Capturing Consistent Color

CHALLENGE: Whether you're sorting fruits and vegetables or inspecting sneakers, capturing accurate color and rich details at high speed with guaranteed reliability calls for certain characteristics in a camera.

The Blackfly S and Oryx combine the latest CMOS sensors with advanced color algorithms and includes:
• A color correction matrix for accurate color reproduction under any lighting conditions
• Excellent sensitivity and dynamic range to maximize image contrast
• Precise triggering to guarantee image capture at high speed  


Obtaining true color by correcting for sensor response and light source

The Blackfly S and Oryx allow users to capture color as accurately as possible. To achieve the most accurate color, each Blackfly S and Oryx model employs an internal color correction matrix (CCM) that adjusts the color sensor’s unique spectral response to more closely match the color space of the sRGB color profile standard. Depending on your application's requirements, the camera’s CCM can be enabled through our Color Transformation setting. When it is enabled, colors will more consistently and accurately match their appearance in nature

While the CCM helps create colors that are truer to life, white balance corrects for the color given off by different light sources. This is known as the light’s color temperature, expressed in kelvins (K). For example, incandescent light has a lot of red in its wavelength composition, causing a camera’s white balance to scale up blue and green to balance the image to a neutral color. The Spinnaker SDK has preset white balance values for Tungsten (2800K), Warm Fluorescent 3000K, Cool Fluorescent 4000K, Daylight (5000K), Cloudy (6500K) and Shade (8000K). It also accepts custom values, to match your light source perfectly. 

For more technical information please visit our Blackfly S and Oryx color transformation / white balance page. 

Proper color correction takes into account both the sensor's sensitivity to red, green, and blue wavelengths (left) as well
as the specific color temperatures of different light sources (right).


Images above use tungsten (incandescent) lighting.


Excellent quantum efficiency for improved low light performance

As mentioned above, a sensor's spectral response, or its quantum efficiency (QE), is one way to measure a sensor’s ability to turn light into an electrical signal.  For color, quantum efficiency is measured for each red, green, and blue channel.  A higher QE means greater light detection sensitivity, which is beneficial to most applications, especially those that are low-light. In addition, certain sensors may be geared toward better sensitivity at different wavelength ranges. While no sensor can reach 100%, FLIR offers mono sensors with a class-leading peak QE of 70%-80%.  Color sensor QE tends to be lower than mono sensor QE because the color filter that sits on top of its photodiode absorbs some of the incoming photons. The images below show our EMVA 1288 QE curves for the BFS-U3-13Y3C and BFS-U3-51S5C.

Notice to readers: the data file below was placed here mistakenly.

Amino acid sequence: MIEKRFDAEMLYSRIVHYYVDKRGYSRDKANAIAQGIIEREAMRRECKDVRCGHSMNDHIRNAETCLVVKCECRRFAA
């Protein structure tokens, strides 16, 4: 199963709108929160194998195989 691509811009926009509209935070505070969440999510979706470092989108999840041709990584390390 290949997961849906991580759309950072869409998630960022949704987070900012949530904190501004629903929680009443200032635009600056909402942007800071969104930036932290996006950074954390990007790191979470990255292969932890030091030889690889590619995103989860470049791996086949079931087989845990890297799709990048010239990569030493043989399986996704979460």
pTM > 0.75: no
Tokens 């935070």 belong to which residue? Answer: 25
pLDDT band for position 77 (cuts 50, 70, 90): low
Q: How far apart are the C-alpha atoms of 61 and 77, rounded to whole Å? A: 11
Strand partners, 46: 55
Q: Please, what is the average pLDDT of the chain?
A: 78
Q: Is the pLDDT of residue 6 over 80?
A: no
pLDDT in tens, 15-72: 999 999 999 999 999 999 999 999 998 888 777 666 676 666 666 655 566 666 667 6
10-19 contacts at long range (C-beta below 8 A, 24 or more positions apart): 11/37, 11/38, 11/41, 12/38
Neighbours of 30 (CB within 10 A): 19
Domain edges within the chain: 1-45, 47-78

High dynamic range to maximize image contrast

Dynamic range describes the camera's ability to detect maximum and minimum light intensities (shadows and highlights). High dynamic range allows the camera to capture more levels of grayscale detail in images. For example, in food sorting applications where round and cylindrical fruit and vegetables create more shadows and highlights than flat objects, color camera models with high dynamic range allow the vision system to see more detail.

BFS-U3-32S4C-C Dynamic Rage is 70.02dB
BFS-U3-51S5C-C Dymainc Range is 70.74 dB




Accurate and precise triggering is expected for all machine vision cameras. However, as applications become more complex, so do triggering requirements and patterns. What sets FLIR cameras apart is the degree of flexibility in the type of triggering that a user can set.

The Blackfly S and Oryx provide a unique feature called Logic Blocks that allows you to create custom trigger configurations, detect missing triggers, and re-fire to ensure every image is captured.

Here are some examples of custom trigger configurations:

  • Trigger the camera when it receives an external trigger pulse + some other user defined condition (E.g. amount of time).

  • Trigger when the camera is ready to trigger, a trigger pulse has been received, and exposure has not yet started. This configuration allows you to "remember" trigger pulses that occurred when the camera was not in a position to trigger (E.g. it was already exposing).

  • Find out more about  Logic Blocks from our application note.

Each Blackfly S and Oryx camera has two logic blocks available. Each logic block is comprised of two lookup tables (LUT) with configurable inputs, two truth tables and a flip flop output.

Related Articles